Wireless Charging On Verge Of Becoming Norm?

OCT 19 2016 BY MARK KANE 41

Tesla Model S with Plugless charging system

Tesla Model S with Plugless charging system

A recent Automotive News article spreads the notion that wireless charging for EVs is necessary for broad adoption of not only the tech, but for autonomous vehicles.

Indeed, wireless charging is really good solution that just makes sense for autonomous cars, as they can obviously more easily feed themselves energy, while in other cases it’s simply more convenient.

Another positive for wireless charging is of course the security/vandalism aspect, with no cord/equipment to be lost.

The drawback of wireless charging system is a much higher price and a lower charging efficiency.  And as of today, there is also no commercial availability for fast charging EVs publicly without using a plug (50 kW+), so we consider wireless capability mostly for normal “level 2” applications.

However, the largest potential problem with AutoNews’ assertion that wireless is needed for broad EV adoption, is the fact that the timing for the tech’s maturity doesn’t seem likely before current forecasts in place already for wider public plug-in acceptance. So while wireless charging seems like a natural extension of plug-in vehicles, and will certainly help adoption, we don’t find it a “make it, or break it” feature.

The 2017 Mercedes-Benz S500e (or S550e in the US) plug-in hybrid will be first to provide OEM-supplied wireless functionality as an option when it arrives early next year.

As of today, Evatran offers its Plugless system for Nissan LEAF, Chevrolet Volt and some Tesla models, with an eye for wider adoption in the future.

WiTricity show booth

WiTricity show booth

David Schatz, vice president of sales and business development at WiTricity said:

“Every carmaker, and I say that meaning every carmaker, has an active program at some stage of maturity to introduce vehicles with wireless charging. Other carmakers include Nissan, Honda, Toyota, Ford, just to name a few.”

Andrew Daga, CEO of Momentum Dynamics added:

“Automakers know the key to increased EV sales is to improve the charging or fueling experience. They want to get inductive charging into the market as fast as possible.”

“Home units will be priced on par with plug-in charging equipment. If you’re going to buy a home charger that’s inductive, you’re going to be paying less than $1,500 for an 11-kilowatt charger.”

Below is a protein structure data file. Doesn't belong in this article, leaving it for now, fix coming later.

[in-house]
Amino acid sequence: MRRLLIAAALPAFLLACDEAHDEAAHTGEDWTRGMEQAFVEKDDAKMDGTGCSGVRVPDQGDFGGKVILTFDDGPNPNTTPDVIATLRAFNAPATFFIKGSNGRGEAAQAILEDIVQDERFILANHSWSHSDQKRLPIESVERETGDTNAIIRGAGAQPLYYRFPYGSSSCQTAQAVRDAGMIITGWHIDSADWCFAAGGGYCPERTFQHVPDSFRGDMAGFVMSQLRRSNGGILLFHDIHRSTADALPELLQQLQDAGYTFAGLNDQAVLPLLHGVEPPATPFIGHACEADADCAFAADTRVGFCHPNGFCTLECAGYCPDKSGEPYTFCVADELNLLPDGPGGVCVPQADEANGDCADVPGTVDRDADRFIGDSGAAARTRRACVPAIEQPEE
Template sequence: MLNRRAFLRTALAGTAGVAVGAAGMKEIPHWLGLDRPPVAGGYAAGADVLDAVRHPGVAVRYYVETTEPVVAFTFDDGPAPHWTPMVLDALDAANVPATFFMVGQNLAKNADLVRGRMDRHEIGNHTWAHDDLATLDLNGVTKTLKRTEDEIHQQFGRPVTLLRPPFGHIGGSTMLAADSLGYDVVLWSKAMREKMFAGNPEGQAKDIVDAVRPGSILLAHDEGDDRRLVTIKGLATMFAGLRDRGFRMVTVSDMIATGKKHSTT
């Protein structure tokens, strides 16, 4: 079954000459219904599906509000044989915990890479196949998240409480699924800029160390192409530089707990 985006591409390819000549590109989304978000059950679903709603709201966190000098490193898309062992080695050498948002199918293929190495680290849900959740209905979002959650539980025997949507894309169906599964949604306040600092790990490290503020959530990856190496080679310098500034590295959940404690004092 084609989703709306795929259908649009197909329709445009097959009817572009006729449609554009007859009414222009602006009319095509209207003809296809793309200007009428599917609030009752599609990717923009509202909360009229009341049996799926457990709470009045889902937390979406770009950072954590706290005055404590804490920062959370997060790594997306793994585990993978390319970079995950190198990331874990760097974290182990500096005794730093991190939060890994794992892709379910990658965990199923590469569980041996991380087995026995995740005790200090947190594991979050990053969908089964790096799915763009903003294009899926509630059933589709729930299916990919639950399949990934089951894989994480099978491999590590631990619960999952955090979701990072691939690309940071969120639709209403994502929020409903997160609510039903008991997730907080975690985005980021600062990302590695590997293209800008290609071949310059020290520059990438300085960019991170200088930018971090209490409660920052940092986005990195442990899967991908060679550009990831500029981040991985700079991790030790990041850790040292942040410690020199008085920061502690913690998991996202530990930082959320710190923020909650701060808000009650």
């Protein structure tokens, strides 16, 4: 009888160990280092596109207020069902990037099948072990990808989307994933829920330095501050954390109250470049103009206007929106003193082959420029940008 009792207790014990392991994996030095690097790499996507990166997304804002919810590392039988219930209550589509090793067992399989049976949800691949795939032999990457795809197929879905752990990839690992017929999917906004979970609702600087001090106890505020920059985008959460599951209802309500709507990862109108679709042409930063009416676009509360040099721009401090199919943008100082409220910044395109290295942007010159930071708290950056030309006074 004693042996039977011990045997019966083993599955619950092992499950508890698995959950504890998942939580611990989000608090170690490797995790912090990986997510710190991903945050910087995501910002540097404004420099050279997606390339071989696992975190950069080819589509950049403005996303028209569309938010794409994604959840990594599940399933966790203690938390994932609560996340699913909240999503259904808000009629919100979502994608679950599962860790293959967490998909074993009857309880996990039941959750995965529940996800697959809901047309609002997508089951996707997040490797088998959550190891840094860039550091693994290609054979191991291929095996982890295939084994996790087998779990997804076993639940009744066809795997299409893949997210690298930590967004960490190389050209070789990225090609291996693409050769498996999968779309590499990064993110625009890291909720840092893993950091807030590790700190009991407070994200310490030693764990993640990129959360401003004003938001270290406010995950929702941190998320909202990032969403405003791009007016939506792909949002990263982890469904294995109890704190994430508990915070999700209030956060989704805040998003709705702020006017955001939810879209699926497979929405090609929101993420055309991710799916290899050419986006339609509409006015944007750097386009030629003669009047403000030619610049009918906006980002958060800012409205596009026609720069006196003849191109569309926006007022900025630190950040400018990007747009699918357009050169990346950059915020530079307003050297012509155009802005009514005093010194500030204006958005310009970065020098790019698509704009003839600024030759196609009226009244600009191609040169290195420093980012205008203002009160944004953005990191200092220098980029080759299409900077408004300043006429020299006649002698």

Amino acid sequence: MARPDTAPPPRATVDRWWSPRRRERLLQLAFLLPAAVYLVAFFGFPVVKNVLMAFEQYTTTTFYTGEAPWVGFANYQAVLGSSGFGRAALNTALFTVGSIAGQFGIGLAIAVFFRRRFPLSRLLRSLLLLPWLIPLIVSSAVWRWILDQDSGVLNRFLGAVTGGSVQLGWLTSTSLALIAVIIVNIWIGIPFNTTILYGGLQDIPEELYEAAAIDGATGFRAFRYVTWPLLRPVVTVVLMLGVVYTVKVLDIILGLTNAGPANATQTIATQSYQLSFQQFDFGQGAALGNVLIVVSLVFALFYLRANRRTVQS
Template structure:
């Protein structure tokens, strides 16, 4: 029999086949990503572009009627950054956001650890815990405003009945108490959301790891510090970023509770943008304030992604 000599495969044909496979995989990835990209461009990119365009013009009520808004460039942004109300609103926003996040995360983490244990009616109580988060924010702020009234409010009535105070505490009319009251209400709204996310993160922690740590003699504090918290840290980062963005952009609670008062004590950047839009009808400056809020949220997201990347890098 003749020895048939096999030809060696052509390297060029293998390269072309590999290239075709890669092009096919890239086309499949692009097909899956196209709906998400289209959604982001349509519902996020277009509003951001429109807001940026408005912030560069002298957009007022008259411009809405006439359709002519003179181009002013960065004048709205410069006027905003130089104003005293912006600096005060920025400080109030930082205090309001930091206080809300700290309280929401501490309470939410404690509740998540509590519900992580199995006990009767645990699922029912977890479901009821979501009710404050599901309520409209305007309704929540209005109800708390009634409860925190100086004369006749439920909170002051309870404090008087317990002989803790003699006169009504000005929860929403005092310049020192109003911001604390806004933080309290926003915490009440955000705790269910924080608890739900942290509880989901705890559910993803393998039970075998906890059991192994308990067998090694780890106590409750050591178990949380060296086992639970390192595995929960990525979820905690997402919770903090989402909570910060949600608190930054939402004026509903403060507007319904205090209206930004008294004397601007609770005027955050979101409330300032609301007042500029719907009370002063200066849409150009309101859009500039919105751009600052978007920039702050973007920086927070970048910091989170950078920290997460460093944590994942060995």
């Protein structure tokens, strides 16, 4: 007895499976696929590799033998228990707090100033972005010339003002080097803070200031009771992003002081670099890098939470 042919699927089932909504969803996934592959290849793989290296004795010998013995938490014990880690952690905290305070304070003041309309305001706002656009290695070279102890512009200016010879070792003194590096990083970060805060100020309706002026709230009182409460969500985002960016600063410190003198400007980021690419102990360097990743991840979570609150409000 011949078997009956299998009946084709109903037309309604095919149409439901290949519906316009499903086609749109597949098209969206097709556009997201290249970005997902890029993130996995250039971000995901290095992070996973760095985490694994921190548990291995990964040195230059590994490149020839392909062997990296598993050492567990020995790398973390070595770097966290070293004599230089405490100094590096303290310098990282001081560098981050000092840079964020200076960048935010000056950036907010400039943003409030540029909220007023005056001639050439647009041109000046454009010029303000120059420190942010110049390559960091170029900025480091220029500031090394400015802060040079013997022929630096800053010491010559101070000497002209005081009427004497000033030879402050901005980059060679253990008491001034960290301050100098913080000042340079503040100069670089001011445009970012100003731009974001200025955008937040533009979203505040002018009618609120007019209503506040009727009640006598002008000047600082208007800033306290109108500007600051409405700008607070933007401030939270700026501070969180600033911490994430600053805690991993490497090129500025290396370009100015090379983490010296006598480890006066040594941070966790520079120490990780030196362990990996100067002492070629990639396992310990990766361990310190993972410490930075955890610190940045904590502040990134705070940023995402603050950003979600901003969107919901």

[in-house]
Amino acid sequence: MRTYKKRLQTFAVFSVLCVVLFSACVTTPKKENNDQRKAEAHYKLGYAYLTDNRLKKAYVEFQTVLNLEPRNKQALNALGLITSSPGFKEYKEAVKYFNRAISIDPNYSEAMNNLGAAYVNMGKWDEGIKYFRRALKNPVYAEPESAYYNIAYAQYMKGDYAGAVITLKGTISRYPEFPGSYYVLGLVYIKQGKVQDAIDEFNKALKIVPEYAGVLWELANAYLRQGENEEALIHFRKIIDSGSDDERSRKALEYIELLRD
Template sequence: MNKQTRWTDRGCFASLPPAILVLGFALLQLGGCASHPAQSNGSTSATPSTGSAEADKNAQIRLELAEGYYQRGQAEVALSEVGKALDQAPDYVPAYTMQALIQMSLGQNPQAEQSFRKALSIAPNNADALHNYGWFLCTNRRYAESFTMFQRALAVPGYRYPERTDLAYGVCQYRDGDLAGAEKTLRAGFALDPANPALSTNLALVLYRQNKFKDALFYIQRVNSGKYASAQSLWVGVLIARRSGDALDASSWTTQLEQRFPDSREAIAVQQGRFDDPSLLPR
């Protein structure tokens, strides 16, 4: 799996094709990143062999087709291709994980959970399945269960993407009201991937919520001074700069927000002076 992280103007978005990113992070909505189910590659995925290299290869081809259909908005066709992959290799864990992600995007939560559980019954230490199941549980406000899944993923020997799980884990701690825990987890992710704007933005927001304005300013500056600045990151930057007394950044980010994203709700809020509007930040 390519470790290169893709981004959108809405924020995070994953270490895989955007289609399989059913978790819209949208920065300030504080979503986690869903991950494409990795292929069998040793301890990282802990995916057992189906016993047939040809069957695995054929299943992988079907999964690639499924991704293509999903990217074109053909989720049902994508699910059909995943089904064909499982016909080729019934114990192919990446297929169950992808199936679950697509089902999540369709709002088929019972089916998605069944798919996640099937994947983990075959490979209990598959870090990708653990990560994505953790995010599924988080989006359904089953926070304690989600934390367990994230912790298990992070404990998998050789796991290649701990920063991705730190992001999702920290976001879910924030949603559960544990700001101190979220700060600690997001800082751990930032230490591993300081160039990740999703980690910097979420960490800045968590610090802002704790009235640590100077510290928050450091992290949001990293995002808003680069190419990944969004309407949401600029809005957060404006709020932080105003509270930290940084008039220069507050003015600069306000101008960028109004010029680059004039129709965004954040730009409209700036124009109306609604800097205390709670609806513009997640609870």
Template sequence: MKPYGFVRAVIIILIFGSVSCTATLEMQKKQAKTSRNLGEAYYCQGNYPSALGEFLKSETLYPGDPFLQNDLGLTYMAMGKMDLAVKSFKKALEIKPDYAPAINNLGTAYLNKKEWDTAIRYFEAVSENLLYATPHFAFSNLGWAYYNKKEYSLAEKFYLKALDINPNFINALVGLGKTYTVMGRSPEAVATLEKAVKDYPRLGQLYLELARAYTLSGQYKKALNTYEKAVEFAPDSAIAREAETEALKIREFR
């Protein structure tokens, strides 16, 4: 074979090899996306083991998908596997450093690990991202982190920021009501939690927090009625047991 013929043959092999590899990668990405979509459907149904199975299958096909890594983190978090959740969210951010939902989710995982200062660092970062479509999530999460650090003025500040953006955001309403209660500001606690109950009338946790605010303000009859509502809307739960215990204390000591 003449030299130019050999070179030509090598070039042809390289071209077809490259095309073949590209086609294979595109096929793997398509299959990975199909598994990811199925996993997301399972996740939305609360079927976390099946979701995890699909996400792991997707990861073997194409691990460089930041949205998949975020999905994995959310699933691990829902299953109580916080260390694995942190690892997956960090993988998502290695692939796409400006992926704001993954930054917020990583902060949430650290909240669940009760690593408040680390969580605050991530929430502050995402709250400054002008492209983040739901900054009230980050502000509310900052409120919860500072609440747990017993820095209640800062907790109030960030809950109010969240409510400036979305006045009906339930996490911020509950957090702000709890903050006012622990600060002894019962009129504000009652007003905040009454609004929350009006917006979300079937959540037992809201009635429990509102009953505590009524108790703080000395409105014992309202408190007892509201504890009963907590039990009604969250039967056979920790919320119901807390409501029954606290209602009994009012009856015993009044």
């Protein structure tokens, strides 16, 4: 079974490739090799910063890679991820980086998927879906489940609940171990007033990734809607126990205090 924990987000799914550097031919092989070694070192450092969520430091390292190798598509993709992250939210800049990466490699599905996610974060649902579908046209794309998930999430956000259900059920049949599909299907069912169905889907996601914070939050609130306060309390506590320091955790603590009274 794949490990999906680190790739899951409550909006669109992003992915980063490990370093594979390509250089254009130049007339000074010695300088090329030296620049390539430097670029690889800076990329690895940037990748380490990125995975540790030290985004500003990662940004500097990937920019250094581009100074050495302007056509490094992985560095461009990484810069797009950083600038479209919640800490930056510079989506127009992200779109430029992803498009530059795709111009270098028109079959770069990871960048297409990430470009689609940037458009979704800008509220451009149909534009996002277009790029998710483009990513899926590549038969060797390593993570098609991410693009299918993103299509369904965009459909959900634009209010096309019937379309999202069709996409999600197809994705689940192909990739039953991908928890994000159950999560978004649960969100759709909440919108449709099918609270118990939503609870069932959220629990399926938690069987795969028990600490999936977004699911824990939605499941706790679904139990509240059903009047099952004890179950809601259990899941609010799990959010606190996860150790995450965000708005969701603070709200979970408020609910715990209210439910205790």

Tony Posawatz, former vehicle line director for the Chevrolet Volt said:

“If you have autonomous vehicles you have to be looking at this. You can’t have a bunch of autonomous vehicles with guys waiting for cords.”

Beside the static wireless charging, there is a technical possibility to make dynamic wireless charging, but that would be a costly option, as roads would need to be equipped with embedded coils.

The big missing part for wireless charging commercialization is a standard.

source: Automotive News

Categories: Charging

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41 Comments on "Wireless Charging On Verge Of Becoming Norm?"

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It’s currently not capable of fast charging.
It’s currently much more expensive than wired charging.
It’s currently much less efficient than wired charging.

Without wireless fast charging it’d be cheaper to pay someone minimum wage to plug in and unplug cars than it would be to have them sitting unutilized.

… and of course, as Betteridge’s Law of Headlines states, the answer to the question posed by the headline is “No.”

Your efficiency argument is rubish!
Teslas use about 25% more energy to drive the same mile i drive with my Volt and an Imiev uses maybe 20% less than my Volt so, are we wasting energy? Should we all drive Imievs?
People drive under 40 miles a day. A charge for 40 miles cost about $1. wireless losses are about 12%, so about 10 to 15 cents per day.
About $50 more per year to get rid of the plug.
No need for fast wireless charging. those who travel far just have to plug but for the vast majority of us, wireless is just fine.
It’s convenience.

This is a terribly weak argument. Efficiency matters. You’re settling for lower efficiency in your Tesla because of the performance and comfort benefits.

Wasting energy charging just because you’re too lazy to plug in your car is ridiculous.

Does it have applications in tamper prone locations? Absolutely, but not for the average person charging at home.